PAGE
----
So we'll have to release then in the «dealloc» method:

- ( void )dealloc
{
    IOObjectRelease( _ioObject );
    IOObjectRelease( _ioIterator );
    
    [ super dealloc ];
}

Now the I/O Kit communication is established, and we have access to IOHID.
We can now use that service in the «timeIdle» method.

- ( uint64_t )timeIdle
{
    kern_return_t          status;
    CFTypeRef              idle;
    CFTypeID               type;
    uint64_t               time;
    CFMutableDictionaryRef properties;
    
    properties = NULL;

Let's start by declaring the variables we are going to use.

First of all, we are going to access the IOHID properties.

status = IORegistryEntryCreateCFProperties
(
   _ioObject,
   &properties,
   kCFAllocatorDefault,
   0
);

Here, we get a dictionary (similar to NSDictionary) in the «properties» variable.
We also get a kernel status, that we have to check, as usual.

Now we can get the IOHID properties. The one we'll used is called «HIDIdleTime»:

idle = CFDictionaryGetValue( properties, CFSTR( "HIDIdleTime" ) );
    
if( !idle )
{
    CFRelease( ( CFTypeRef )properties );
    
    /* Error management */
}

If an error occurs, we have to release the «properties» object, in order to avoid a memory leak.

A dictionary can contains several types of values, so we have to know the type of the «HIDIdleTime» property, before using it.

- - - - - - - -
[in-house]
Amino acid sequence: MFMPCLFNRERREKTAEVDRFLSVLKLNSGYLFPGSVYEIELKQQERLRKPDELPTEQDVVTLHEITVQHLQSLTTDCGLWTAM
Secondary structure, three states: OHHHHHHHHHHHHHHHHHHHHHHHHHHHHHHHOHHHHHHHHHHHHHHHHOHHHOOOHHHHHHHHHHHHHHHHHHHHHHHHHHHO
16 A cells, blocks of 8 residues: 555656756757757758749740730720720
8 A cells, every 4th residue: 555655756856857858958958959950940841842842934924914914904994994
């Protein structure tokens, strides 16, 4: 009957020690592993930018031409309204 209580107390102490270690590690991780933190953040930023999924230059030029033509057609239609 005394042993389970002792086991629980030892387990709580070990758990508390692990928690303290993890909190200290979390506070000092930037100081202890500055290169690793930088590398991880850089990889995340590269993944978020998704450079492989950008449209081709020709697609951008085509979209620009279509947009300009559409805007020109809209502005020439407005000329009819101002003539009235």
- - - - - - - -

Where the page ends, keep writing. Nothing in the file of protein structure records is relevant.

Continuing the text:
type = CFGetTypeID( idle );

The property can be of type «number» or «data». To obtain the correct value, each case must be managed.

if( type == CFDataGetTypeID() )
{
    CFDataGetBytes( ( CFDataRef )idle, CFRangeMake( 0, sizeof( time ) ), ( UInt8 * )&time );
    
}
else if( type == CFNumberGetTypeID() )
{
    CFNumberGetValue( ( CFNumberRef )idle, kCFNumberSInt64Type, &time );
}
else
{
    CFRelease( idle );
    CFRelease( ( CFTypeRef )properties );
    
    /* Error management */
}

Then we can release the objects, and return the value:

CFRelease( idle );
CFRelease( ( CFTypeRef )properties );

return time;

The class is done. To use it, we just have to instantiate it and read the «secondsIdle» property (from a timer, for instance).

Demo

Here's an example program using that class to display the idle time:

To compile and execute it:

gcc -Wall -framework Cocoa -framework IOKit -o idle idle.m && ./idle